Read about Iloilo’s most beloved noodle soup

9 months ago


Nothing beats a piping hot bowl of La Paz batchoy on a cold, rainy day. The ultimate comfort food, batchoy is a complete meal in itself. The soup has four definitive ingredients: meat, noodles, eggs, and chicharon.

The meat in batchoy is a combination of cuts of chicken, pork innards, and beef; these are the ingredients that make the broth so rich and flavorful. Ginamos (bagoong) and shrimp are also used to add extra flavor. As to the noodles, miki is traditionally used, although there are versions of batchoy made with bihon, sotanghon, and misua. The eggs provide a silky contrast to the heft of the meat and the noodles. The egg can be either cracked into the hot soup raw, stirred until it cooks and forms strands, or it can be cooked separately (almost always hard-boiled) and added to the soup. A generous sprinkling of chicharon is added as a final touch. Puto or pan de sal is often served on the side to balance out batchoy’s richness.

While everyone agrees that batchoy originates from La Paz, Iloilo, there is still debate as to who actually invented it. The two contenders are Federico “Deco” Guillergan Sr. of Deco’s Original La Paz Batchoy and Teodorico Lepura of Ted’s Oldtimer Batchoy. Both men made their name and fortune (and a decades-long rivalry) in the stalls of the La Paz Public Market, where their original counters still stand.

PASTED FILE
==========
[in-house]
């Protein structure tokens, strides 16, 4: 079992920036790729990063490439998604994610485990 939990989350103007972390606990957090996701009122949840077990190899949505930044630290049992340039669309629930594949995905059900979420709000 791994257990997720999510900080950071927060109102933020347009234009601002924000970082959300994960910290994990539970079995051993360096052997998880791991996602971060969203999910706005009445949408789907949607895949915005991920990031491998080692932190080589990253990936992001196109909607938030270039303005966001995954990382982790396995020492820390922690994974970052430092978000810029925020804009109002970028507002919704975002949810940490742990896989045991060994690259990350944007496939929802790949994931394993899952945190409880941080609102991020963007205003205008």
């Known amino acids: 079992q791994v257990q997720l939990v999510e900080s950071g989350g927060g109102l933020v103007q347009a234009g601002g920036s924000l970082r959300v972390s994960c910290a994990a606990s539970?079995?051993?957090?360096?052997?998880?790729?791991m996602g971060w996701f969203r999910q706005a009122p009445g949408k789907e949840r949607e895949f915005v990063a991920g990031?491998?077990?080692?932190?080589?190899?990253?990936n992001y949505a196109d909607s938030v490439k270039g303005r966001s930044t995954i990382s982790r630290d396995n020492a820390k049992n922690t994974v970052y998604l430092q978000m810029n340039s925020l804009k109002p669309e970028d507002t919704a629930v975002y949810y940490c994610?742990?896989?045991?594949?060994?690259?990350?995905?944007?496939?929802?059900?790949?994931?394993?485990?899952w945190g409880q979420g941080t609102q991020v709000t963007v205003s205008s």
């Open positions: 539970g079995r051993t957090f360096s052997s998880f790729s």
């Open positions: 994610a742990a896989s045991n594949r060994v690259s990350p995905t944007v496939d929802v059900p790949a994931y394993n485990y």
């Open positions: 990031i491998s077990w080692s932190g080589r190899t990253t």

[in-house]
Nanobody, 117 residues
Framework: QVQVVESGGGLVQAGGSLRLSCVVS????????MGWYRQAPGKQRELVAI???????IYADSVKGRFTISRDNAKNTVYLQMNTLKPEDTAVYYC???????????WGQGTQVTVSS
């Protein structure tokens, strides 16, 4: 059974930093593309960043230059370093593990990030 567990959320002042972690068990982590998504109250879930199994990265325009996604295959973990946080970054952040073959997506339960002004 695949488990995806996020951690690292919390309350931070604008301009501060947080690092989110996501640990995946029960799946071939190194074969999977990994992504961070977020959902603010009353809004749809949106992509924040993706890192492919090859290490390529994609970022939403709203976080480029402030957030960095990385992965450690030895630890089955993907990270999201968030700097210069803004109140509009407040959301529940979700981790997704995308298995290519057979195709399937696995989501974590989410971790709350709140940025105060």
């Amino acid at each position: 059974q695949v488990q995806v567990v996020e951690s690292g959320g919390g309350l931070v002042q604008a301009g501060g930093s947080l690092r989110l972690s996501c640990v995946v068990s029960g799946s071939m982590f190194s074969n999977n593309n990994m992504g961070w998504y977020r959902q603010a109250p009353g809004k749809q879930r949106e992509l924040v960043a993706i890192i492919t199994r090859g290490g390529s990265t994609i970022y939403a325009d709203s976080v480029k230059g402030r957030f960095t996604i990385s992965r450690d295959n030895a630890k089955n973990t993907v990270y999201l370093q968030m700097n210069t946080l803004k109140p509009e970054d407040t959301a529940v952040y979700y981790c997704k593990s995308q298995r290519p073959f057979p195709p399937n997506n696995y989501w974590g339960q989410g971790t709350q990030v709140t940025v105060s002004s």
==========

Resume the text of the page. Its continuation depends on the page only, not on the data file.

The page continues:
A butcher by trade, Deco was the first to put up his stall in 1938. Costing 10 centavos for a small bowl and 20 centavos for a big bowl of batchoy, his original recipe allegedly only had broth and meat. He added miki upon insistent requests from his Chinese customers, and that is how batchoy as we know it was born. He is also said to have invented the dish’s name, jokingly referring to his creation as “bats” (no one is sure why, although it may be because “ba” means “pork” in Chinese), adding “choy” only later.

On the other hand, Ted’s claims to have learned the recipe in the 1930s, before Deco put up his stall. He claims to have learned the recipe from a Chinese merchant whom he had worked for. It was in 1945 when Ted’s put up his own stall, selling his batchoy for 20 centavos per bowl. His version quickly became popular, and its popularity peaked when he started offering batchoy made with other types of noodles in the 1960s.

Today, business remains brisk for Ted’s and Deco’s, with both of them franchising their shops all over the Philippines.


Words by Janelle Año

Photographed by Mike Cuevas


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